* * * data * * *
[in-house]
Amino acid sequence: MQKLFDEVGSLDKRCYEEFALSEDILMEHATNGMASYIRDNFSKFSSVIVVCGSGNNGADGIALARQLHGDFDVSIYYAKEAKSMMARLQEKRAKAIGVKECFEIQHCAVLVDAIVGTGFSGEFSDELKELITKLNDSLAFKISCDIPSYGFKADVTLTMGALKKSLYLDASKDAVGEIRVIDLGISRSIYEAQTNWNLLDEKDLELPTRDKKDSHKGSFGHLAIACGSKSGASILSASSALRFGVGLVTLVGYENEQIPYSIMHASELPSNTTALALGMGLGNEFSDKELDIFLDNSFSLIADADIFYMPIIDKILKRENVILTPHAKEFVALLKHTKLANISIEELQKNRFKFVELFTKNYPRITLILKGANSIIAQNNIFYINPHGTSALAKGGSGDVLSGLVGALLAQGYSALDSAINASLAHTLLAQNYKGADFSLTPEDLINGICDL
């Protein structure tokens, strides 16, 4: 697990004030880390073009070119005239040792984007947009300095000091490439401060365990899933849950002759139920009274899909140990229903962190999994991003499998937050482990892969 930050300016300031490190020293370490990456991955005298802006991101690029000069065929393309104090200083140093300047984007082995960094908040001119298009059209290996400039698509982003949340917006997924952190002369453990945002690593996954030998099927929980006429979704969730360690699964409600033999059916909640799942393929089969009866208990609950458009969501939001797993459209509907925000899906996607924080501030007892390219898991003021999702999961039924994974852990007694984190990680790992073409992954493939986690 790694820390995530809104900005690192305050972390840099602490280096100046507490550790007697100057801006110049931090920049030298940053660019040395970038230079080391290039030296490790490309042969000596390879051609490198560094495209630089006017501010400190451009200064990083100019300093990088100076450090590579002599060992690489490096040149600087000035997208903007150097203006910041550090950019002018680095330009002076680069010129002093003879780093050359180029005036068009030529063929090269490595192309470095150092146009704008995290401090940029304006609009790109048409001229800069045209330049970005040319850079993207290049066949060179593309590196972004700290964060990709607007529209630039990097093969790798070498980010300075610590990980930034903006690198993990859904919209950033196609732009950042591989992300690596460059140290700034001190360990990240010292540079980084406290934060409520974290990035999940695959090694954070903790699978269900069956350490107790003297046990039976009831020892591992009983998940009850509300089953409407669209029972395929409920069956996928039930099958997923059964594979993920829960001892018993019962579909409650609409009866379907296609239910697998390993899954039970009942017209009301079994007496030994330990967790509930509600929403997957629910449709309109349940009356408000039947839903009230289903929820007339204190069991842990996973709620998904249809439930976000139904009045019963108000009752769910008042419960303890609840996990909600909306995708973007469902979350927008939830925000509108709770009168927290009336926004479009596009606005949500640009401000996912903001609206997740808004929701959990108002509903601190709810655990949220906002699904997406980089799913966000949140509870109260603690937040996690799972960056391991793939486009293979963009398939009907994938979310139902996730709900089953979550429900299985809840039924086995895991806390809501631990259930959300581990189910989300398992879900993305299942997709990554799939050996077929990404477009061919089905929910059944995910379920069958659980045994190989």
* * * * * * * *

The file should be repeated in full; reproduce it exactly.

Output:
[in-house]
Amino acid sequence: MQKLFDEVGSLDKRCYEEFALSEDILMEHATNGMASYIRDNFSKFSSVIVVCGSGNNGADGIALARQLHGDFDVSIYYAKEAKSMMARLQEKRAKAIGVKECFEIQHCAVLVDAIVGTGFSGEFSDELKELITKLNDSLAFKISCDIPSYGFKADVTLTMGALKKSLYLDASKDAVGEIRVIDLGISRSIYEAQTNWNLLDEKDLELPTRDKKDSHKGSFGHLAIACGSKSGASILSASSALRFGVGLVTLVGYENEQIPYSIMHASELPSNTTALALGMGLGNEFSDKELDIFLDNSFSLIADADIFYMPIIDKILKRENVILTPHAKEFVALLKHTKLANISIEELQKNRFKFVELFTKNYPRITLILKGANSIIAQNNIFYINPHGTSALAKGGSGDVLSGLVGALLAQGYSALDSAINASLAHTLLAQNYKGADFSLTPEDLINGICDL
């Protein structure tokens, strides 16, 4: 697990004030880390073009070119005239040792984007947009300095000091490439401060365990899933849950002759139920009274899909140990229903962190999994991003499998937050482990892969 930050300016300031490190020293370490990456991955005298802006991101690029000069065929393309104090200083140093300047984007082995960094908040001119298009059209290996400039698509982003949340917006997924952190002369453990945002690593996954030998099927929980006429979704969730360690699964409600033999059916909640799942393929089969009866208990609950458009969501939001797993459209509907925000899906996607924080501030007892390219898991003021999702999961039924994974852990007694984190990680790992073409992954493939986690 790694820390995530809104900005690192305050972390840099602490280096100046507490550790007697100057801006110049931090920049030298940053660019040395970038230079080391290039030296490790490309042969000596390879051609490198560094495209630089006017501010400190451009200064990083100019300093990088100076450090590579002599060992690489490096040149600087000035997208903007150097203006910041550090950019002018680095330009002076680069010129002093003879780093050359180029005036068009030529063929090269490595192309470095150092146009704008995290401090940029304006609009790109048409001229800069045209330049970005040319850079993207290049066949060179593309590196972004700290964060990709607007529209630039990097093969790798070498980010300075610590990980930034903006690198993990859904919209950033196609732009950042591989992300690596460059140290700034001190360990990240010292540079980084406290934060409520974290990035999940695959090694954070903790699978269900069956350490107790003297046990039976009831020892591992009983998940009850509300089953409407669209029972395929409920069956996928039930099958997923059964594979993920829960001892018993019962579909409650609409009866379907296609239910697998390993899954039970009942017209009301079994007496030994330990967790509930509600929403997957629910449709309109349940009356408000039947839903009230289903929820007339204190069991842990996973709620998904249809439930976000139904009045019963108000009752769910008042419960303890609840996990909600909306995708973007469902979350927008939830925000509108709770009168927290009336926004479009596009606005949500640009401000996912903001609206997740808004929701959990108002509903601190709810655990949220906002699904997406980089799913966000949140509870109260603690937040996690799972960056391991793939486009293979963009398939009907994938979310139902996730709900089953979550429900299985809840039924086995895991806390809501631990259930959300581990189910989300398992879900993305299942997709990554799939050996077929990404477009061919089905929910059944995910379920069958659980045994190989």